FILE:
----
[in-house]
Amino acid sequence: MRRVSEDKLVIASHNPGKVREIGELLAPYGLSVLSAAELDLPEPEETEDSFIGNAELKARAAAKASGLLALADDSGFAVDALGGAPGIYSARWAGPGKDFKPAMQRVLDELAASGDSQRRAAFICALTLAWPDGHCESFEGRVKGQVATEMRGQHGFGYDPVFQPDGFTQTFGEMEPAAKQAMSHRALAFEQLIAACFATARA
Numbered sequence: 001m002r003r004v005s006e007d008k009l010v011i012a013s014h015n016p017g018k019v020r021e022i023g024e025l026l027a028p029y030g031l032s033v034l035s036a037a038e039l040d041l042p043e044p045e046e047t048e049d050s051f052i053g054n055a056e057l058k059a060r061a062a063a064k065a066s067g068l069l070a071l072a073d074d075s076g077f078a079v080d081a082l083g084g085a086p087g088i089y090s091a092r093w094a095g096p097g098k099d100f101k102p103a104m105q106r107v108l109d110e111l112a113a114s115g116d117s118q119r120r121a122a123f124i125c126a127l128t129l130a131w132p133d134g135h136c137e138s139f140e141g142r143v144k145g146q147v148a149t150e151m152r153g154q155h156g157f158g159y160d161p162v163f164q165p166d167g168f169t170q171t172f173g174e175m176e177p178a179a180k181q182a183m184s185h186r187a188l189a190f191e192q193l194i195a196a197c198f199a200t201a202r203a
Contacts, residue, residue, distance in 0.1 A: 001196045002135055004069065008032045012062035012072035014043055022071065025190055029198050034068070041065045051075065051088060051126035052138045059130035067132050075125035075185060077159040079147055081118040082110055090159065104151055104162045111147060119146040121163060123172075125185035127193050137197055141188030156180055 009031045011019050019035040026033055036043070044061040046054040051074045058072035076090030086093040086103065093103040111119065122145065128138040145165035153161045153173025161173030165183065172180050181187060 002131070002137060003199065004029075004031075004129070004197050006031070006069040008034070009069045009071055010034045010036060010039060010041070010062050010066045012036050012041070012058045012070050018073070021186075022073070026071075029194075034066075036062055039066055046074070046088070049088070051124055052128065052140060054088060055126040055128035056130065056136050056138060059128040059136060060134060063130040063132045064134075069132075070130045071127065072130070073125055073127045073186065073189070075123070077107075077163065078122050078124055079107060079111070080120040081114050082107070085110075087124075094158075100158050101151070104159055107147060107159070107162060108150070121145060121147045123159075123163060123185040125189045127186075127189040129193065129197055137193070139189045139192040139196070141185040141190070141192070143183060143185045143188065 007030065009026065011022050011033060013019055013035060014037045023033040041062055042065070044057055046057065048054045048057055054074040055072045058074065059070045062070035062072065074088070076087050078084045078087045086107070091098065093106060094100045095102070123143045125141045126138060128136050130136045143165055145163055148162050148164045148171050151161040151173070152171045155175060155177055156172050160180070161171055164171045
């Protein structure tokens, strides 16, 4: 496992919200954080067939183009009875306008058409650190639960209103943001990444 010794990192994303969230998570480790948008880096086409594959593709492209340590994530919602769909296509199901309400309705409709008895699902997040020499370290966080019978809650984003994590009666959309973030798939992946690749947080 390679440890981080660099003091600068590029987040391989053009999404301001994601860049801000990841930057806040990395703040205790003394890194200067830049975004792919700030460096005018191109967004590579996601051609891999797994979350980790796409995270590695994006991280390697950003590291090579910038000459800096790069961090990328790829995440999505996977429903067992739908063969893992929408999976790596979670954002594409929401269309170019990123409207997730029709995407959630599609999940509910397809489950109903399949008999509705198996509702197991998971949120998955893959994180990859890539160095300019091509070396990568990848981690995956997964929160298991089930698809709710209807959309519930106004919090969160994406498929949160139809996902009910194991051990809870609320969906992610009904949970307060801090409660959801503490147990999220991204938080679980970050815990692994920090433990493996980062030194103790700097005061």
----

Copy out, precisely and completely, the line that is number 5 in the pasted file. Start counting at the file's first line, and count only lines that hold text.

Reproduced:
């Protein structure tokens, strides 16, 4: 496992919200954080067939183009009875306008058409650190639960209103943001990444 010794990192994303969230998570480790948008880096086409594959593709492209340590994530919602769909296509199901309400309705409709008895699902997040020499370290966080019978809650984003994590009666959309973030798939992946690749947080 390679440890981080660099003091600068590029987040391989053009999404301001994601860049801000990841930057806040990395703040205790003394890194200067830049975004792919700030460096005018191109967004590579996601051609891999797994979350980790796409995270590695994006991280390697950003590291090579910038000459800096790069961090990328790829995440999505996977429903067992739908063969893992929408999976790596979670954002594409929401269309170019990123409207997730029709995407959630599609999940509910397809489950109903399949008999509705198996509702197991998971949120998955893959994180990859890539160095300019091509070396990568990848981690995956997964929160298991089930698809709710209807959309519930106004919090969160994406498929949160139809996902009910194991051990809870609320969906992610009904949970307060801090409660959801503490147990999220991204938080679980970050815990692994920090433990493996980062030194103790700097005061």